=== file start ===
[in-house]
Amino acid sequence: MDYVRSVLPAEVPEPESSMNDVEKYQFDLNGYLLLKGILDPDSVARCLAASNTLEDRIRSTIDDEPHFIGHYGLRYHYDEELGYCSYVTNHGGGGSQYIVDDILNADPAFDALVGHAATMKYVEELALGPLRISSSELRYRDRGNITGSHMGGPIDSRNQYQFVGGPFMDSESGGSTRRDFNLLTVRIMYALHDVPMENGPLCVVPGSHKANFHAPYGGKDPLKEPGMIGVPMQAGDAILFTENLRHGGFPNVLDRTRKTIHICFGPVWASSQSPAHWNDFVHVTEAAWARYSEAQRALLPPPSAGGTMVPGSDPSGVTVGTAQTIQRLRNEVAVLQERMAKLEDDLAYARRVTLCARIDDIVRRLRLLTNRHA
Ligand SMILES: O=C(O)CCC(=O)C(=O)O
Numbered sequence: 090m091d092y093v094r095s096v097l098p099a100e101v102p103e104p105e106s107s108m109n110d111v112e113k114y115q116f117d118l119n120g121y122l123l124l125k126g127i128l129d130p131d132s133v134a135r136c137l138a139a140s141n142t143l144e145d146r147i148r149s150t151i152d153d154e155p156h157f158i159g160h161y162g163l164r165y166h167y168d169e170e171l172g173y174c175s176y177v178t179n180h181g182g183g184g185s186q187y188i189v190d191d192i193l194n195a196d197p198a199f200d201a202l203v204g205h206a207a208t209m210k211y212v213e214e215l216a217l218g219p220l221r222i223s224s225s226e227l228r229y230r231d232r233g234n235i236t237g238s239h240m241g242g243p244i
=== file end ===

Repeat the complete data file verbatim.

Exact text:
[in-house]
Amino acid sequence: MDYVRSVLPAEVPEPESSMNDVEKYQFDLNGYLLLKGILDPDSVARCLAASNTLEDRIRSTIDDEPHFIGHYGLRYHYDEELGYCSYVTNHGGGGSQYIVDDILNADPAFDALVGHAATMKYVEELALGPLRISSSELRYRDRGNITGSHMGGPIDSRNQYQFVGGPFMDSESGGSTRRDFNLLTVRIMYALHDVPMENGPLCVVPGSHKANFHAPYGGKDPLKEPGMIGVPMQAGDAILFTENLRHGGFPNVLDRTRKTIHICFGPVWASSQSPAHWNDFVHVTEAAWARYSEAQRALLPPPSAGGTMVPGSDPSGVTVGTAQTIQRLRNEVAVLQERMAKLEDDLAYARRVTLCARIDDIVRRLRLLTNRHA
Ligand SMILES: O=C(O)CCC(=O)C(=O)O
Numbered sequence: 090m091d092y093v094r095s096v097l098p099a100e101v102p103e104p105e106s107s108m109n110d111v112e113k114y115q116f117d118l119n120g121y122l123l124l125k126g127i128l129d130p131d132s133v134a135r136c137l138a139a140s141n142t143l144e145d146r147i148r149s150t151i152d153d154e155p156h157f158i159g160h161y162g163l164r165y166h167y168d169e170e171l172g173y174c175s176y177v178t179n180h181g182g183g184g185s186q187y188i189v190d191d192i193l194n195a196d197p198a199f200d201a202l203v204g205h206a207a208t209m210k211y212v213e214e215l216a217l218g219p220l221r222i223s224s225s226e227l228r229y230r231d232r233g234n235i236t237g238s239h240m241g242g243p244i